Seven Simple Ways to Manage the Winter Blues and Anxiety
With the nights drawing in, and the weather growing colder, it can be easy to fall prey to a seasonal slump in your mood. Seasonal Affective Disorder (SAD) – or the ‘winter blues’ as it is sometimes referred to – can be down to a natural, seasonal fall in energy levels, which leads to an increase in the likelihood of experiencing mild anxiety and slightly low mood.
However, if you find that your low mood is affecting your day to day life, or if you feel withdrawn, you should always consult your GP to rule out any more serious mental or physical health problems.
If you find you are more anxious, depressed or irritable during the winter months, it is worth resisting the temptation to hibernate and taking action to manage the winter blues naturally by following these tips:
- Spend Time Outside
The weather’s getting colder and it’s tempting to stay snuggled up in the warm, but a brisk walk in the winter sunshine can do you the world of good. Brisk walking is known to have many health benefits on both mind and body and any form or aerobic exercise will release endorphins and serotonin, the feel-good hormones that boost your mood.
- Keep it Cosy
Being cold can make you feel miserable so keep wrapped up warm. When we’re warm we feel safe and comfortable which automatically lifts our spirits and reduces negative feelings associated with low mood and anxiety. Hot drinks and meals help keep you feeling cosy and comforted on the inside when it’s cold and miserable outside.
- Eat Mood-Boosting, Seasonal Food
A healthy diet will help you to feel better at any time of year whilst unhealthy food will leave you feeling sluggish and more prone to low moods. Carbohydrates are especially tempting when the temperature drops, so while you can still enjoy comforting potatoes and pasta, balance them with plenty of fresh fruit and vegetables. Soups and stews are warm and comforting and can contain plenty of fresh, seasonal ingredients to help manage the winter blues.
- Make the Most of the Daylight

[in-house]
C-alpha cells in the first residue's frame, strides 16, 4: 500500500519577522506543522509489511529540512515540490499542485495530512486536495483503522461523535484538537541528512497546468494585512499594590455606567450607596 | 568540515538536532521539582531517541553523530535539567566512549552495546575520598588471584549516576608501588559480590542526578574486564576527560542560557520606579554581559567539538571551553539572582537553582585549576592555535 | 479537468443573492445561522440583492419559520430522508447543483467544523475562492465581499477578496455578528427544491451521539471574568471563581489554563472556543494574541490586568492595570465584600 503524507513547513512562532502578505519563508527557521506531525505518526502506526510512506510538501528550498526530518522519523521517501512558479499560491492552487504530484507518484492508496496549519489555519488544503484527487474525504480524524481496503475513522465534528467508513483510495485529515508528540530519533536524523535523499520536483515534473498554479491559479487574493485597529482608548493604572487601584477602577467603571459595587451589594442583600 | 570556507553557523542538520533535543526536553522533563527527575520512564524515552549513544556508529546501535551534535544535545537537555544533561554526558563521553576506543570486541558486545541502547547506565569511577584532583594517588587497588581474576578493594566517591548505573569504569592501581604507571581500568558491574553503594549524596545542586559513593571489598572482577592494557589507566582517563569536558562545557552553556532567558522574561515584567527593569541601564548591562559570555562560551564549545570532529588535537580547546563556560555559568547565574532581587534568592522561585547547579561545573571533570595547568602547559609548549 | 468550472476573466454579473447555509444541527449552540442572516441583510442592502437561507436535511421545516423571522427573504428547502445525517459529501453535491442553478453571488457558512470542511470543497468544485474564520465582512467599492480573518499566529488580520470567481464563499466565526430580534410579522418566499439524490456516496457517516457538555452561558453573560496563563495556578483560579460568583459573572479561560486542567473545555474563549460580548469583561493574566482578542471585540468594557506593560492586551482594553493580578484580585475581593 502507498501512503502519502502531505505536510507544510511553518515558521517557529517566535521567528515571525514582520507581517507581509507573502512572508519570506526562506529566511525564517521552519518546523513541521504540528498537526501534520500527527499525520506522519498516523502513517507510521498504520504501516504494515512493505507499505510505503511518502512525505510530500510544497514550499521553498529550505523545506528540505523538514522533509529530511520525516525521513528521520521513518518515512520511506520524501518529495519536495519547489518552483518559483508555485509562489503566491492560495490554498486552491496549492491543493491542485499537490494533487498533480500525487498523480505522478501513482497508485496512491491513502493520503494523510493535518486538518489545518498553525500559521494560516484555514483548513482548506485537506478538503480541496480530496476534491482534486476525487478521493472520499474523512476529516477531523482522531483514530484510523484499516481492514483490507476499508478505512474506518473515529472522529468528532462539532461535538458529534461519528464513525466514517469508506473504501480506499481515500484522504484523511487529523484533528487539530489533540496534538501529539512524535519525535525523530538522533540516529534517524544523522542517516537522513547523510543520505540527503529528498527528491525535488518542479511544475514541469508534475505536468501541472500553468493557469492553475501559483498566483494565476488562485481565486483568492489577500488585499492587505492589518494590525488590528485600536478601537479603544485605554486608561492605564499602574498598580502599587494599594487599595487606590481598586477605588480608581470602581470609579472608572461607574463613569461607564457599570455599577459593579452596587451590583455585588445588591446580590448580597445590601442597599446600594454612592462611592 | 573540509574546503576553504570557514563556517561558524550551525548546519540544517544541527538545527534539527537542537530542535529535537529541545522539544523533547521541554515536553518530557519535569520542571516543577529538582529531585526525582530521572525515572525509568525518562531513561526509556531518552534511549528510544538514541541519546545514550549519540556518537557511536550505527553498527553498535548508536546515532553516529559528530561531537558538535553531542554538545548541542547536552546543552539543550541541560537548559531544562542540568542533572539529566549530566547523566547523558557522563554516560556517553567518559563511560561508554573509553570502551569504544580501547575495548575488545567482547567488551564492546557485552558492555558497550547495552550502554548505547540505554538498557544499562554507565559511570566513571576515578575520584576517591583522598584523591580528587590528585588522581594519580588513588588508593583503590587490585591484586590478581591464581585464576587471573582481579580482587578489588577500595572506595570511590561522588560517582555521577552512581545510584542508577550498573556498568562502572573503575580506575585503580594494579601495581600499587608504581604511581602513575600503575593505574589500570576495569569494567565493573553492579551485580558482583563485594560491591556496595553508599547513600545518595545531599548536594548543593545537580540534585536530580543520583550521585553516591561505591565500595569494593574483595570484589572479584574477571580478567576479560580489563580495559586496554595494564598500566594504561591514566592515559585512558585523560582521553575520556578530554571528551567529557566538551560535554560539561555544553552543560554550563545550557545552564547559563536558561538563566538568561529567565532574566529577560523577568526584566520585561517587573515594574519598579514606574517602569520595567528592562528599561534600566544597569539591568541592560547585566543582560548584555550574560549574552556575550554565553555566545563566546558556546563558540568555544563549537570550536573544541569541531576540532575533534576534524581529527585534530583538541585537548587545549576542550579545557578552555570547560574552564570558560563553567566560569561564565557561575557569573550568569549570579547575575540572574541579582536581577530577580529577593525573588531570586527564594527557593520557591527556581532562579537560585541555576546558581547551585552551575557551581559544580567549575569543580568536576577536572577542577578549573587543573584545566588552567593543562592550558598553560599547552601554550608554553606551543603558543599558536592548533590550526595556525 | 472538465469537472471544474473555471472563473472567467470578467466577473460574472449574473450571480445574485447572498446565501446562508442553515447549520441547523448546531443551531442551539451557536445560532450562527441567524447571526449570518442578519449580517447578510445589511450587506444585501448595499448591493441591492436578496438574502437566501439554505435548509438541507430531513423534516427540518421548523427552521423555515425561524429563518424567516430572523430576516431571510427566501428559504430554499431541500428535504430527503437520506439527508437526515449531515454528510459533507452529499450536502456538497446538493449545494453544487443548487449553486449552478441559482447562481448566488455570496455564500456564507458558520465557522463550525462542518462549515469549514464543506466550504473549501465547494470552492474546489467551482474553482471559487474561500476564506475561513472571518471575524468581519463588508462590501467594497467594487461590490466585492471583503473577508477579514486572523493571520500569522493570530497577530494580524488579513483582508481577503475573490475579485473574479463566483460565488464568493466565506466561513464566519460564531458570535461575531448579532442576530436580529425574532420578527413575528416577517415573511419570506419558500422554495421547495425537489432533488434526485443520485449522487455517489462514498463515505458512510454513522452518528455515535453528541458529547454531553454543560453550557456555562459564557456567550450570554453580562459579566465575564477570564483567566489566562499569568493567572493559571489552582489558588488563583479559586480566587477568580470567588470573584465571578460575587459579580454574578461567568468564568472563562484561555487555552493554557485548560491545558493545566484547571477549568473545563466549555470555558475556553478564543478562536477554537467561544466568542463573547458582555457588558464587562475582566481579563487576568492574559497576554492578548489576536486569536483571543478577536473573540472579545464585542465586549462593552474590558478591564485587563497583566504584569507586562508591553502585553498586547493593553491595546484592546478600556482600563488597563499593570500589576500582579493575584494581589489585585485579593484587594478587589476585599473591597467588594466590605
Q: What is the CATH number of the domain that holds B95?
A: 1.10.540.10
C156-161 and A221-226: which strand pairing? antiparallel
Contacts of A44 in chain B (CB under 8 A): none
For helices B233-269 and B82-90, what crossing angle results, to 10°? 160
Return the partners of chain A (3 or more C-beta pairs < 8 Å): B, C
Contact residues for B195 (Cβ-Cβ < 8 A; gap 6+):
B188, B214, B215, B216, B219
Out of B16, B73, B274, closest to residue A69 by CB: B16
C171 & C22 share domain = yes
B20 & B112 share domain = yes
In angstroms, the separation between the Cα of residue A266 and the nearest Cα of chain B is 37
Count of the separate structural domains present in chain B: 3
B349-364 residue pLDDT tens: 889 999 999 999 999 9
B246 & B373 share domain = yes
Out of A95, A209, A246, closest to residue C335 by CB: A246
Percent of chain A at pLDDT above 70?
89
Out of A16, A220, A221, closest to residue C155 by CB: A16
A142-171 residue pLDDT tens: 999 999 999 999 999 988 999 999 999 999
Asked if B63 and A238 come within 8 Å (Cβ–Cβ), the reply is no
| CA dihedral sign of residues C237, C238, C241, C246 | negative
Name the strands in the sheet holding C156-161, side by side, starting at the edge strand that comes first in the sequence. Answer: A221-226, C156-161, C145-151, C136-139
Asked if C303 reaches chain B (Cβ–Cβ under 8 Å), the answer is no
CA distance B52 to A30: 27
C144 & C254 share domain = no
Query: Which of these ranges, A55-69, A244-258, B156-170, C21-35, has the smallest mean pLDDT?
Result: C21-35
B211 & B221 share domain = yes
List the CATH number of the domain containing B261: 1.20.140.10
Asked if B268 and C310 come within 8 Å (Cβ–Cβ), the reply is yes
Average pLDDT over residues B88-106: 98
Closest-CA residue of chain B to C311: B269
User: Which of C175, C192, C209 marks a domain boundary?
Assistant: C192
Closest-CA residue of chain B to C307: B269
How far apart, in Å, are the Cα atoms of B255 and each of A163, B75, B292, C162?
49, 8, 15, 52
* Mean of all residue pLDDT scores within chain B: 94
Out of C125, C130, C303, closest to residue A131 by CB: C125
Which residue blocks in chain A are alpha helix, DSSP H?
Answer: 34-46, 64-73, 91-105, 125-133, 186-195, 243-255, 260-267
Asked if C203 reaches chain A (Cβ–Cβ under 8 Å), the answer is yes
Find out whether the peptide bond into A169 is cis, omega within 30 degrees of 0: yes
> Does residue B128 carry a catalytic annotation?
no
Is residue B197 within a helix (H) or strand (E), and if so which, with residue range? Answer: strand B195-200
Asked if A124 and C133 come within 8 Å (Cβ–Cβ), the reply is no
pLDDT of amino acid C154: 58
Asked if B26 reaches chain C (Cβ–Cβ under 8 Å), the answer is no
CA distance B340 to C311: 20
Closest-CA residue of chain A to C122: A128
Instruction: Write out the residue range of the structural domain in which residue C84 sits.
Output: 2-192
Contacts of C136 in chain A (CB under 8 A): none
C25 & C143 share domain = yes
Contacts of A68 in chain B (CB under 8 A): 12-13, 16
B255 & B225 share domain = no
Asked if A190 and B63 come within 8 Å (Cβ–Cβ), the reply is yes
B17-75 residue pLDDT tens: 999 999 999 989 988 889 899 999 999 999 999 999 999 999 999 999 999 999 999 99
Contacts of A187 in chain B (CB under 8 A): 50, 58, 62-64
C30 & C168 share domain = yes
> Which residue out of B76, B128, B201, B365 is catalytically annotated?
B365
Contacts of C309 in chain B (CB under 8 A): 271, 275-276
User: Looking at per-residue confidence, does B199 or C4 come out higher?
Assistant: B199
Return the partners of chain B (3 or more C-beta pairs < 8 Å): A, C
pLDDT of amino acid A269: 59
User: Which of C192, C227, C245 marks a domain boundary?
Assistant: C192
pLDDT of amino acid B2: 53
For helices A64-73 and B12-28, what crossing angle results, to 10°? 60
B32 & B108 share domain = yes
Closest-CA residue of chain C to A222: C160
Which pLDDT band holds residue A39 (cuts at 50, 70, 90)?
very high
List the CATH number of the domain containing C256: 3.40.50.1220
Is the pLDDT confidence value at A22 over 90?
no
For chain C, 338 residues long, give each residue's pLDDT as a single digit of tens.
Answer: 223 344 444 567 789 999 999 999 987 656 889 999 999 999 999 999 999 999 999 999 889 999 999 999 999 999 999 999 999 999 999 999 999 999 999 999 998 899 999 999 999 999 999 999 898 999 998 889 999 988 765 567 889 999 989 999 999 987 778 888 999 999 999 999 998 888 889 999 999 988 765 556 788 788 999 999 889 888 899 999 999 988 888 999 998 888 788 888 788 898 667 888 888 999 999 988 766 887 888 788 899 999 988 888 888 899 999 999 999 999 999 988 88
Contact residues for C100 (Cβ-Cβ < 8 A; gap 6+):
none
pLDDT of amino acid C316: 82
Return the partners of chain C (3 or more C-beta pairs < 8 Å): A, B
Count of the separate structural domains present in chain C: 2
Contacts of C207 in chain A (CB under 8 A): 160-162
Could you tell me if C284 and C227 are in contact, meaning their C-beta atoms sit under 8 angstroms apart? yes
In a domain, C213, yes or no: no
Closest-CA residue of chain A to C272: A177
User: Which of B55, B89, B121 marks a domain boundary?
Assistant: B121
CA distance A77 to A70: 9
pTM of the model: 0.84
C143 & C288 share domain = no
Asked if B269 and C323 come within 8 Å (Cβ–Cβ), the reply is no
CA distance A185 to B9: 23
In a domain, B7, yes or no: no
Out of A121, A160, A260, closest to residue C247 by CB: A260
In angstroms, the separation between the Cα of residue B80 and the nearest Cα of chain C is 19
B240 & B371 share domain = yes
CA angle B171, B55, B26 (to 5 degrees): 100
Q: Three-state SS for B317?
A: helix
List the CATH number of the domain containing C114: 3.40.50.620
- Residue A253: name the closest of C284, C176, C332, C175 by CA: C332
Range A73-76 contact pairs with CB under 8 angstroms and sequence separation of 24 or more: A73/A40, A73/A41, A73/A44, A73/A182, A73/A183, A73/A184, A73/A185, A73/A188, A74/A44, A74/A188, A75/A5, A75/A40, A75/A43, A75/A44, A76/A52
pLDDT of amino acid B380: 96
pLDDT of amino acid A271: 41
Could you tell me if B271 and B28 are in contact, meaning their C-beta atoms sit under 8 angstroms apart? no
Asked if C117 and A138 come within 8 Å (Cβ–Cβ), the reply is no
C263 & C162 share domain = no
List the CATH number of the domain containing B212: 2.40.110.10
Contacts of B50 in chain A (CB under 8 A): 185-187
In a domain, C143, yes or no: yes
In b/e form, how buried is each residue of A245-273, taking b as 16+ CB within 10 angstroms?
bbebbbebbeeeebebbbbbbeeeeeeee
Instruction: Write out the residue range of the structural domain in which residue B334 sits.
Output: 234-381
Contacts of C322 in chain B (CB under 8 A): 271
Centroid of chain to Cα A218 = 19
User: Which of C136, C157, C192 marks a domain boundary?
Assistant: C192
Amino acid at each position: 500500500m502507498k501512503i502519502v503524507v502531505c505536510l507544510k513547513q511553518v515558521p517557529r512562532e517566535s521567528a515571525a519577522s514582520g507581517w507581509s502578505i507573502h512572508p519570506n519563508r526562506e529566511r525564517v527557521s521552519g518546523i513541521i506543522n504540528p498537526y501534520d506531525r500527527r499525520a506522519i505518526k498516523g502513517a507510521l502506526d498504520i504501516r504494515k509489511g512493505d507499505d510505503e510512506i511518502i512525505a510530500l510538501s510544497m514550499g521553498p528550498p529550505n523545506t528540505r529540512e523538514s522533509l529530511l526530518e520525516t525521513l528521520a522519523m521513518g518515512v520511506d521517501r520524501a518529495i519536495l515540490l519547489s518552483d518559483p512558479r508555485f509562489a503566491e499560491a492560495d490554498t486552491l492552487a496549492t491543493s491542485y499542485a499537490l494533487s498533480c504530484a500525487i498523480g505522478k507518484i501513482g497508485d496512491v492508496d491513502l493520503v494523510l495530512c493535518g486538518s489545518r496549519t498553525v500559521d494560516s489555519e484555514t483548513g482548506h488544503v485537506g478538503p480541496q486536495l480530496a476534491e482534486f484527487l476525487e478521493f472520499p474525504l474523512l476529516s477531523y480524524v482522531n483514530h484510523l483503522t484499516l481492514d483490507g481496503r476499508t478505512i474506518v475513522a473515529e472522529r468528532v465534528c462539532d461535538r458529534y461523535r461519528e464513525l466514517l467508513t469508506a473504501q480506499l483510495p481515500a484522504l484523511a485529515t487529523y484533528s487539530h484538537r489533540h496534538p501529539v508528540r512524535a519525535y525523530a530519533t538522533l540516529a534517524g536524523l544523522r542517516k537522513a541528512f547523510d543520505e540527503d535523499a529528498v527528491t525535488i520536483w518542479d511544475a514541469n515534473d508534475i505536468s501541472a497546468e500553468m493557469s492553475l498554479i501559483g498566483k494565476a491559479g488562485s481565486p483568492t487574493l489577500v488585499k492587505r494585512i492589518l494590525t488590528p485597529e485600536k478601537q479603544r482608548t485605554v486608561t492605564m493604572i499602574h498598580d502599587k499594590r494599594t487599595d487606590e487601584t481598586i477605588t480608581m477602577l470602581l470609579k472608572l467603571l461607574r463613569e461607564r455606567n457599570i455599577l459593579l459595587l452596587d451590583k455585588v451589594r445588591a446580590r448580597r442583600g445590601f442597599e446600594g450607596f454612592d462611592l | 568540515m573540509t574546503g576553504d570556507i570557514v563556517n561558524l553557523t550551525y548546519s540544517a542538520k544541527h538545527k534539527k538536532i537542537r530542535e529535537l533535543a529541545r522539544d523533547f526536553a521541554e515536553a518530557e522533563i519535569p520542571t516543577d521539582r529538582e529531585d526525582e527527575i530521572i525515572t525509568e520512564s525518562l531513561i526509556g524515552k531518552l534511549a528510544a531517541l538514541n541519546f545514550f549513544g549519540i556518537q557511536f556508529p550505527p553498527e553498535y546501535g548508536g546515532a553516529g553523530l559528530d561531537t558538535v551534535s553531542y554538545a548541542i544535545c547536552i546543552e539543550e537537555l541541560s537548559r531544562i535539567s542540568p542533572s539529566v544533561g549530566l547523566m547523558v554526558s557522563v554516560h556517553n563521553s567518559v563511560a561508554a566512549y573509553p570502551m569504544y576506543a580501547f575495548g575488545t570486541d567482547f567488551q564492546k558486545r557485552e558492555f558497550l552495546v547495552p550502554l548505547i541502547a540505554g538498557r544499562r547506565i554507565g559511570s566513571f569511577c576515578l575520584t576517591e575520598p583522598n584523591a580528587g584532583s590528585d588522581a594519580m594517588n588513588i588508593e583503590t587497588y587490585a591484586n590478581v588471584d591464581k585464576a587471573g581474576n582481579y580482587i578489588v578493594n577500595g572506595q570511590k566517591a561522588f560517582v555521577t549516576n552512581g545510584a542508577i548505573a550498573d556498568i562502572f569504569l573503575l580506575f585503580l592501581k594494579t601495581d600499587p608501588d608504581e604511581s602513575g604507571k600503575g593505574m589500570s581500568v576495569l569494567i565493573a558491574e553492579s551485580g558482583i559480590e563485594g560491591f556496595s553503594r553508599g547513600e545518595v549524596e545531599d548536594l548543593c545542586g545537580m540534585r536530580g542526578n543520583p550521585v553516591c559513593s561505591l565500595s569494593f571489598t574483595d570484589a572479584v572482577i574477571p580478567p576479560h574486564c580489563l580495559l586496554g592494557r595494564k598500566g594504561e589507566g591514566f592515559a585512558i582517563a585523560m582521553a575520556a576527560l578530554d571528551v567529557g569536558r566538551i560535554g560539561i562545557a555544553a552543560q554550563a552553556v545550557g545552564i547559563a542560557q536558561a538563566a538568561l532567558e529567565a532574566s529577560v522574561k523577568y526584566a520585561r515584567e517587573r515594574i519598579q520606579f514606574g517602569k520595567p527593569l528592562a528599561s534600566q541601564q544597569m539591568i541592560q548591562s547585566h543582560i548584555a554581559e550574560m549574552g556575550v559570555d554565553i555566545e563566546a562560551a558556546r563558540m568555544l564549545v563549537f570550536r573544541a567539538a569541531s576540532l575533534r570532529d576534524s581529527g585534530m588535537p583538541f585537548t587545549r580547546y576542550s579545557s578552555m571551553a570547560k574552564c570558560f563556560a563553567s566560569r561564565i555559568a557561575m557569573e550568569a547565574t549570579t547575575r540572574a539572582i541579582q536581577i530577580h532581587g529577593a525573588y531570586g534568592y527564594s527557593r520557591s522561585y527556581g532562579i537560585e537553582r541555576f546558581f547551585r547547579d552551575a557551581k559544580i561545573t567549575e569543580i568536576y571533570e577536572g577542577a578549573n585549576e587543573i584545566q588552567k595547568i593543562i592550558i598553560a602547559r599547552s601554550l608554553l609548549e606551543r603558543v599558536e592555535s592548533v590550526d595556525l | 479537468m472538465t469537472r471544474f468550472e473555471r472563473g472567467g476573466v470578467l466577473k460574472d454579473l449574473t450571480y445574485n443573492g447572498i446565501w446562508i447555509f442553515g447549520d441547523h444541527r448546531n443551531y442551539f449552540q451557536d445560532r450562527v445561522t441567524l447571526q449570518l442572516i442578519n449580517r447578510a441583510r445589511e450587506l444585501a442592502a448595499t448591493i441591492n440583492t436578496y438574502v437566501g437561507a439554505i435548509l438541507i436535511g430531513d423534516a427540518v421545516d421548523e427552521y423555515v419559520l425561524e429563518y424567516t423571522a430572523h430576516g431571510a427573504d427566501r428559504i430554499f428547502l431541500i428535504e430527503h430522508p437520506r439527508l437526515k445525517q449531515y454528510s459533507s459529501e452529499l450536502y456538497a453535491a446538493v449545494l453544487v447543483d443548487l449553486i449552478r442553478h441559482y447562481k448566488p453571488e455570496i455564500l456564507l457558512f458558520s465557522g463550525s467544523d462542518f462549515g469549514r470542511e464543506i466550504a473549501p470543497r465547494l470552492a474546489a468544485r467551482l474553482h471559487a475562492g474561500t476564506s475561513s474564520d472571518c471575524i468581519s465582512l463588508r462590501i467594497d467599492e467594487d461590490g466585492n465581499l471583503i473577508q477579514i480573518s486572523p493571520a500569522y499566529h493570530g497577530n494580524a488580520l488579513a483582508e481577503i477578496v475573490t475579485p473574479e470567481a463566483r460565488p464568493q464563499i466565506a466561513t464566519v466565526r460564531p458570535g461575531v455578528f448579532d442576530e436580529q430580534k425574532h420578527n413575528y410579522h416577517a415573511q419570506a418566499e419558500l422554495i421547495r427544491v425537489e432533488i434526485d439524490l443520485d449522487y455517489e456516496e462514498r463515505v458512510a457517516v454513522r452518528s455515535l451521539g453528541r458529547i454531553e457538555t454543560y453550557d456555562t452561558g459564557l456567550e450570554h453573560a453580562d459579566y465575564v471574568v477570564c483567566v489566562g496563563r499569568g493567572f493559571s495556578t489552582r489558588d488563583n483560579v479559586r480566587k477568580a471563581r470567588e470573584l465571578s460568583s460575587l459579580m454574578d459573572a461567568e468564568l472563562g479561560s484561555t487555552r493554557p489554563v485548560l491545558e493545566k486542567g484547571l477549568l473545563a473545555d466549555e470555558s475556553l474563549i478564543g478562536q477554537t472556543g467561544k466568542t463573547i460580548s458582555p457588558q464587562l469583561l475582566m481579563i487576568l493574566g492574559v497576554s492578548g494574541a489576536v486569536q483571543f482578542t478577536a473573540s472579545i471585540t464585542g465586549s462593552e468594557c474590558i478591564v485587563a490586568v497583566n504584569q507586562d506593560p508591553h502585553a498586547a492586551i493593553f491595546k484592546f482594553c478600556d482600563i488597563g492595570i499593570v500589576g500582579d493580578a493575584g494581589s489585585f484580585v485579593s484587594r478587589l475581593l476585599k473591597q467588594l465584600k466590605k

Daylight has a significant impact on our mood. Once the winter hits and the days get shorter, it can be harder to feel the benefits of natural daylight. Try to get out during the day as much as you can – you might be surprised at how much better you will feel for even a short daily walk. Research shows that light boxes can sometimes be effective tools to supplement the daylight you are naturally exposed to during the winter months.
- Keep in Touch with Family and Friends
Socialising with friends and family can have significant benefits for your mental health. If you don’t feel like meeting up in person, just talking to a friend or family member for a short time every day can help to lift your general mood and reduce your anxiety. If you find Christmas and the holiday season a bit of a challenge, share your concerns with a close friend so they can support you.
- Take Up a New Hobby
It’s a great time to do that thing you’ve always wanted to do! Taking part in an activity or learning a new skill can be beneficial to your physical and mental health in many ways. Taking up a new hobby can have a whole range of positive effects on your health. You could try something new at home, like knitting, cooking or writing, or join in with a group activity at the gym or an evening class and enjoy the additional social opportunities.
- Take a Herbal Medicine for Anxiety and Low Mood
Taking a natural herbal supplement that is specifically designed to relieve the symptoms of slightly low mood and mild anxiety could help break the cycle of worry. HRI Good Mood contains St John’s Wort extract (Hypericum perforatum L.), a herb which has been traditionally used to help alleviate anxiety and low mood for centuries. Always read the patient information before taking any medicine.
So take action now to ward off the winter blues and you could put yourself in the right frame of mind for a calm and happy new year.
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